Event Title

Electromagnetic SQUID Based NDE: a Comparison Between Experimental Data and Numerical FEM Modeling

Location

Snowbird, UT, USA

Start Date

1-1-1999 12:00 AM

Description

Over the existing electromagnetic sensors used in eddy-current Non-Destructive Evaluation (NDE), SQUID (Superconducting QUantum Interference Device) magnetometers are very attractive as multi-mode instruments capable of obtaining very high magnetic field sensitivity (detection of sub-pT signals) even in unshielded environments, high resolution imaging of low frequency eddy current distributions, large bandwidth (up to MHz) and high spatial resolution [1,2,3]. Moreover, a well optimized flux-locked-loop electronics allows SQUID systems to operate with large dynamic range and high linearity. These characteristics are extremely important in order to perform quantitative measurements of magnetic field distributions produced by induced currents in test samples. Of course, the need to operate the SQUID at cryogenic temperatures limits its use in many practical applications. The advent of High Temperature Superconductors (HTS) and the development of HTS SQUIDs has renewed the interest for NDE with these superconducting sensors [4].

Book Title

Review of Progress in Quantitative Nondestructive Evaluation

Volume

18A

Chapter

Chapter 2: Electromagnetic, Thermal, and X-Ray Techniques

Section

Eddy Current Modelling

Pages

547-554

DOI

10.1007/978-1-4615-4791-4_69

Language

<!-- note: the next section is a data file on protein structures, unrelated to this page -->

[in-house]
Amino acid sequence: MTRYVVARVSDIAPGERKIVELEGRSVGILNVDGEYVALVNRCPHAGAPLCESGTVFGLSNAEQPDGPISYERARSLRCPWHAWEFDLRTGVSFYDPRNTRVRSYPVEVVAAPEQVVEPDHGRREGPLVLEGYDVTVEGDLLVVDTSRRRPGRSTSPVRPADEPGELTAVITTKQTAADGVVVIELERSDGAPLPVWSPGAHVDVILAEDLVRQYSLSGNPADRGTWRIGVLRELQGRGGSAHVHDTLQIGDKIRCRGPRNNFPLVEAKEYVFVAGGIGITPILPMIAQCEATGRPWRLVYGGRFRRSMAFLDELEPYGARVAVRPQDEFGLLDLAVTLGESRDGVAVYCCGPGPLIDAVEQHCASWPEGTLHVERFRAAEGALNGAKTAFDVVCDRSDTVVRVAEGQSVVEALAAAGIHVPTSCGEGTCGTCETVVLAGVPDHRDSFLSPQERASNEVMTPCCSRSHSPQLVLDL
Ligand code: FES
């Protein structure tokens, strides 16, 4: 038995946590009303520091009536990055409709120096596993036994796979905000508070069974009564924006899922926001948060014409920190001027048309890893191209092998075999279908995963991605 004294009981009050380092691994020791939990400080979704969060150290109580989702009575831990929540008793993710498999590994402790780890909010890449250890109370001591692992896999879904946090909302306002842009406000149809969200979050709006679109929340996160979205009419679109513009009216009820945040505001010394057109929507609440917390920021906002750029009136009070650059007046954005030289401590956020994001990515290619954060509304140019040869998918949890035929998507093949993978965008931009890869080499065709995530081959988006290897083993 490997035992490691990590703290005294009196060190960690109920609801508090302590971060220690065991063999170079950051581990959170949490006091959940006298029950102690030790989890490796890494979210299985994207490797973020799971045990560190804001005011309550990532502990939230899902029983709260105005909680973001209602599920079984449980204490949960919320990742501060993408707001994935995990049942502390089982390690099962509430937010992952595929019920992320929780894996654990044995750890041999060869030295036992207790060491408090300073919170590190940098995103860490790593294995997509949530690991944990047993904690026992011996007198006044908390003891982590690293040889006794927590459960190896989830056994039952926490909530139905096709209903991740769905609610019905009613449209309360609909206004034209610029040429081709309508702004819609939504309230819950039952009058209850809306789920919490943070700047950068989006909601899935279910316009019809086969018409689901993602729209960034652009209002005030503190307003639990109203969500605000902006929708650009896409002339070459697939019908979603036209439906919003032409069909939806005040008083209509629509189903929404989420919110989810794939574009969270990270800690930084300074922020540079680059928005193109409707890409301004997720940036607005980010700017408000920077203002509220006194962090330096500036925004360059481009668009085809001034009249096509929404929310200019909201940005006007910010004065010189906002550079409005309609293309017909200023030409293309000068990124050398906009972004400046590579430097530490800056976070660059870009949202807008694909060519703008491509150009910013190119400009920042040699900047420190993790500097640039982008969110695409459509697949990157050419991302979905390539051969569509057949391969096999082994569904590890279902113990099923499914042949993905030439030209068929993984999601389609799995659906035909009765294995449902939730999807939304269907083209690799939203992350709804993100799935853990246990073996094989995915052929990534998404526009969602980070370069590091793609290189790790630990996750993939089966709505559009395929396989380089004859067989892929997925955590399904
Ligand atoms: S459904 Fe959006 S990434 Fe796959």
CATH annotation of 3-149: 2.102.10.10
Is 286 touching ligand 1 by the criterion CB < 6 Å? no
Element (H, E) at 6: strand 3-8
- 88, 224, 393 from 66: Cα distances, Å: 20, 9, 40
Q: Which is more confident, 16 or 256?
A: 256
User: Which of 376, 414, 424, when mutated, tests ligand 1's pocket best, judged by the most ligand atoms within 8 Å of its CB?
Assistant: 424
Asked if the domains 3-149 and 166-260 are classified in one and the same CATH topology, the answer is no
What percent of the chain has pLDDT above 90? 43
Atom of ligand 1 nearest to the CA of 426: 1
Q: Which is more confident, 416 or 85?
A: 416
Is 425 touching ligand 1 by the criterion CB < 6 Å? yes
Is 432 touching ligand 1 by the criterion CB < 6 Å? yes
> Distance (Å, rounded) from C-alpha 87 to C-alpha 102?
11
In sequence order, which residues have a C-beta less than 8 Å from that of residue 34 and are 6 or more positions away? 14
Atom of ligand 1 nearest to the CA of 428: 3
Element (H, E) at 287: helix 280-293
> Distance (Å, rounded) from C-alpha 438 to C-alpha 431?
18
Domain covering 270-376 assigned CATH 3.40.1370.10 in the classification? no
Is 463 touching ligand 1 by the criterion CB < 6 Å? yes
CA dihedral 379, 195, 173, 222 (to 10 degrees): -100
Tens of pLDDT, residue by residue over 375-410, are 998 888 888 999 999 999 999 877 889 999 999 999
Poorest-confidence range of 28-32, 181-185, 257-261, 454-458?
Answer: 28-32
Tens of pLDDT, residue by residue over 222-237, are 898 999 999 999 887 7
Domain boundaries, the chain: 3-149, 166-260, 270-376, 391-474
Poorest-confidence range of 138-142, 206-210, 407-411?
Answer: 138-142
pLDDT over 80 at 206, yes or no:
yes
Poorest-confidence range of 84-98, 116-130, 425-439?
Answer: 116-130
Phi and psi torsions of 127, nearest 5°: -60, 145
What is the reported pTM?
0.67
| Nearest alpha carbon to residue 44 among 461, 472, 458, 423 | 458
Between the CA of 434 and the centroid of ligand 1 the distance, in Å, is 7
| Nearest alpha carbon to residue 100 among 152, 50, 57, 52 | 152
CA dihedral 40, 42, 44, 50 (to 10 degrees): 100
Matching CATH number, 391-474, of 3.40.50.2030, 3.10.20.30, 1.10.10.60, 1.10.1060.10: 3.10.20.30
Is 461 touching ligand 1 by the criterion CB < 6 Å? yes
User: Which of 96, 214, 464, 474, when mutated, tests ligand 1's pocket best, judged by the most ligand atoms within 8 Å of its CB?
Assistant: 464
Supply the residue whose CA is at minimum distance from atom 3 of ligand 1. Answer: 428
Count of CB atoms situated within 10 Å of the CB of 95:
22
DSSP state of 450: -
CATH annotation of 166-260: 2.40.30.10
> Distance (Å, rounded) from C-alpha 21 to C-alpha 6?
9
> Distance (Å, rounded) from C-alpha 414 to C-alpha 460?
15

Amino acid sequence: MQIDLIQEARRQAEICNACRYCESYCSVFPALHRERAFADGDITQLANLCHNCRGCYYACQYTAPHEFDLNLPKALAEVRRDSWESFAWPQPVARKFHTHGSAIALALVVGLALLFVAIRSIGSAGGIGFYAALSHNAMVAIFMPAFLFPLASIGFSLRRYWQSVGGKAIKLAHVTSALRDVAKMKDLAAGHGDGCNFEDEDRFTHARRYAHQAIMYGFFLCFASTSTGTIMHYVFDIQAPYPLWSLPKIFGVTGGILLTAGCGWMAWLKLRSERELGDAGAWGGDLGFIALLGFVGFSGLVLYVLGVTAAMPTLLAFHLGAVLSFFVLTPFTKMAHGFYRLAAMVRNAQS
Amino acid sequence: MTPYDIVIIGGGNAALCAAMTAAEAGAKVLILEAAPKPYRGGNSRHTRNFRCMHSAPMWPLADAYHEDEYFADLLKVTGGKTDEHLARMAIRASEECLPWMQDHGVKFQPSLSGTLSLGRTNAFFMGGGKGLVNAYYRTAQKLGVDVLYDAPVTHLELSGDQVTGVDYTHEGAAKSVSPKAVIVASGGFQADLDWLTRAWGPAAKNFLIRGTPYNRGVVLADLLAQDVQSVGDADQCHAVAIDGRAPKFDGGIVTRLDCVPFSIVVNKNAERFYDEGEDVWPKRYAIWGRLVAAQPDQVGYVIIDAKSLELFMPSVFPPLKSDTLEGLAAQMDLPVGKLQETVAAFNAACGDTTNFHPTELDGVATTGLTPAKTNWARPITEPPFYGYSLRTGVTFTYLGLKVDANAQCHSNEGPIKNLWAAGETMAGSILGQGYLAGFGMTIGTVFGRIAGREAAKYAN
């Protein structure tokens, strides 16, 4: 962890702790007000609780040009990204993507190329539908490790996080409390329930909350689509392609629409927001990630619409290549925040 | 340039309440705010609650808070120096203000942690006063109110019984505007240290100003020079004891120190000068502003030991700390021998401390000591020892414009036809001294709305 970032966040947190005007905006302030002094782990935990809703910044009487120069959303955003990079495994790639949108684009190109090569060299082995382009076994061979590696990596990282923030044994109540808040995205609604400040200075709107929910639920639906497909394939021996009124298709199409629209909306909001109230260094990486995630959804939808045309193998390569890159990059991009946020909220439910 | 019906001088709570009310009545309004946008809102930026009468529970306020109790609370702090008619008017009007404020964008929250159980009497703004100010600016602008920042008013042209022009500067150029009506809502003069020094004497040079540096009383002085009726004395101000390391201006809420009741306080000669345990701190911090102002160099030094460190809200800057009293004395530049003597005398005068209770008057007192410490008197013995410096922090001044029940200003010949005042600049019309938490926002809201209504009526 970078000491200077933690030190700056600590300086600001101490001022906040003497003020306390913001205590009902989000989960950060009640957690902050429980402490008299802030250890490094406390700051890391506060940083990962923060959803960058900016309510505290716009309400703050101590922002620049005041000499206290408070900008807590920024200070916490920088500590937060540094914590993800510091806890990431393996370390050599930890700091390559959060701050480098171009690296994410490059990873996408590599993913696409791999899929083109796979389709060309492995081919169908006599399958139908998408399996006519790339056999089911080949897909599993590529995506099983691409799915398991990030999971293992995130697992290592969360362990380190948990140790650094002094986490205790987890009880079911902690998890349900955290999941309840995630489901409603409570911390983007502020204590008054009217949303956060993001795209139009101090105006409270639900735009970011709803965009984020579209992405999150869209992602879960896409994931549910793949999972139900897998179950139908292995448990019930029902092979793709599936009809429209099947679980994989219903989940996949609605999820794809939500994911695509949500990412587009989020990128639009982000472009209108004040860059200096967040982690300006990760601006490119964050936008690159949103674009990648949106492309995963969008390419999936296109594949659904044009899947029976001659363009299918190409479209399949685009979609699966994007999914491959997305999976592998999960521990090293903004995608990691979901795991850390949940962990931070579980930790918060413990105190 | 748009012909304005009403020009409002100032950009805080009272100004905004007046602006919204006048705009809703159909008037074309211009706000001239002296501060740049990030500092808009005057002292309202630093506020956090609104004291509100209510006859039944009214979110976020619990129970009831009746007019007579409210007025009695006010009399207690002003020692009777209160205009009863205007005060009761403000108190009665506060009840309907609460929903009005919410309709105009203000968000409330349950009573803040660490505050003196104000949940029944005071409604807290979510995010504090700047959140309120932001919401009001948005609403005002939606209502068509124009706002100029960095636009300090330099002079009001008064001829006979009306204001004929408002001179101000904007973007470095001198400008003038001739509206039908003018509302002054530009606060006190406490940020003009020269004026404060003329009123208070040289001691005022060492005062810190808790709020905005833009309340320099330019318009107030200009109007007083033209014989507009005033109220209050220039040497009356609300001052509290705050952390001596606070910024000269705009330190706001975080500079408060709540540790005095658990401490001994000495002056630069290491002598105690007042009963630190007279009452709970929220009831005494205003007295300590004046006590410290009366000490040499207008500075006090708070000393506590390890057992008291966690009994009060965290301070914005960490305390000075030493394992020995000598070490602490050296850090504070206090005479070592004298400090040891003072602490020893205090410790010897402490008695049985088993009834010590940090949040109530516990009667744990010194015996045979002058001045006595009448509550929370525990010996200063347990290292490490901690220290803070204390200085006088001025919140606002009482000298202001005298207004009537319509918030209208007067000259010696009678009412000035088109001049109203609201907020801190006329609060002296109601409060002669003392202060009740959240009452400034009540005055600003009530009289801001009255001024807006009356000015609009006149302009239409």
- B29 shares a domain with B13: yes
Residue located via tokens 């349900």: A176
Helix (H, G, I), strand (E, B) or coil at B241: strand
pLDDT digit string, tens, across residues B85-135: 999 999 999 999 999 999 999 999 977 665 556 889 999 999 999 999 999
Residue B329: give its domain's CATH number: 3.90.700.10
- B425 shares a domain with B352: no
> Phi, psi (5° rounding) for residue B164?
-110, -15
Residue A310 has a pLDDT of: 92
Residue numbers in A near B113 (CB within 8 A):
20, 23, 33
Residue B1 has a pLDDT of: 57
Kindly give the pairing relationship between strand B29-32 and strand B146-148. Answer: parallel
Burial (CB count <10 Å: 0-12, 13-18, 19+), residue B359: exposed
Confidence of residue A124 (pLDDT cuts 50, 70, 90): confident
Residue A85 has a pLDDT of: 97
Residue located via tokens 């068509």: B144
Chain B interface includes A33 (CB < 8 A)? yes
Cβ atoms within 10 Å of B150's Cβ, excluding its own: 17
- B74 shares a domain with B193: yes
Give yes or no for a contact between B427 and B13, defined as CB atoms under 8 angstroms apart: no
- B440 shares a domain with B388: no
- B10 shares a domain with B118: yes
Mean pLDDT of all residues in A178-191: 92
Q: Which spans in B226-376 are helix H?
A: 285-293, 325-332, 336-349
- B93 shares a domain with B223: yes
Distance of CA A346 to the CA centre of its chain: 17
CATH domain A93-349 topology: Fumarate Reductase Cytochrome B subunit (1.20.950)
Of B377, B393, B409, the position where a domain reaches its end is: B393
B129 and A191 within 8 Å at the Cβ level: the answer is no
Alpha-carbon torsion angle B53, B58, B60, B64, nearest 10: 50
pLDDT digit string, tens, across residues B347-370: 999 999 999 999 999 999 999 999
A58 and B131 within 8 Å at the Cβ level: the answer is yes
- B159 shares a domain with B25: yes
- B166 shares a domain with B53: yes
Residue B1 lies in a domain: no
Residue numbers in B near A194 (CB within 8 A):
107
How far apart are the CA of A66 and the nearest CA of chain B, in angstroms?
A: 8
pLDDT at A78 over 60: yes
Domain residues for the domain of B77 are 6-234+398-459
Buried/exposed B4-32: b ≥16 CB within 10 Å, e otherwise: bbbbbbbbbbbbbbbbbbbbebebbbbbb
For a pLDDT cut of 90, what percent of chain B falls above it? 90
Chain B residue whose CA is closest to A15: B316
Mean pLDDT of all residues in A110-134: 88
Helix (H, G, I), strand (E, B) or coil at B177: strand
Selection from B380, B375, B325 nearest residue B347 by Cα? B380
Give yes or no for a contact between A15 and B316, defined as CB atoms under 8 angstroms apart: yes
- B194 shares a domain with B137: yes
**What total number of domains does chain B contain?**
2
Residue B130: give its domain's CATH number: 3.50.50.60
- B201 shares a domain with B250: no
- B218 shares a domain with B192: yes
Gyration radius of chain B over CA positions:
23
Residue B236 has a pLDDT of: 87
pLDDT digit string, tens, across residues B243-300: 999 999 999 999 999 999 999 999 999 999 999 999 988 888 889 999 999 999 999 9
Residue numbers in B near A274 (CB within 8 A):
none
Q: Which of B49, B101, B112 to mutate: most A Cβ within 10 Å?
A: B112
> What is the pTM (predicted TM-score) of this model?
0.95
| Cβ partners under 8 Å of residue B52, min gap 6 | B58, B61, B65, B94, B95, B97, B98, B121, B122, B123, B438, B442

en

File Format

application/pdf

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Jan 1st, 12:00 AM

Electromagnetic SQUID Based NDE: a Comparison Between Experimental Data and Numerical FEM Modeling

Snowbird, UT, USA

Over the existing electromagnetic sensors used in eddy-current Non-Destructive Evaluation (NDE), SQUID (Superconducting QUantum Interference Device) magnetometers are very attractive as multi-mode instruments capable of obtaining very high magnetic field sensitivity (detection of sub-pT signals) even in unshielded environments, high resolution imaging of low frequency eddy current distributions, large bandwidth (up to MHz) and high spatial resolution [1,2,3]. Moreover, a well optimized flux-locked-loop electronics allows SQUID systems to operate with large dynamic range and high linearity. These characteristics are extremely important in order to perform quantitative measurements of magnetic field distributions produced by induced currents in test samples. Of course, the need to operate the SQUID at cryogenic temperatures limits its use in many practical applications. The advent of High Temperature Superconductors (HTS) and the development of HTS SQUIDs has renewed the interest for NDE with these superconducting sensors [4].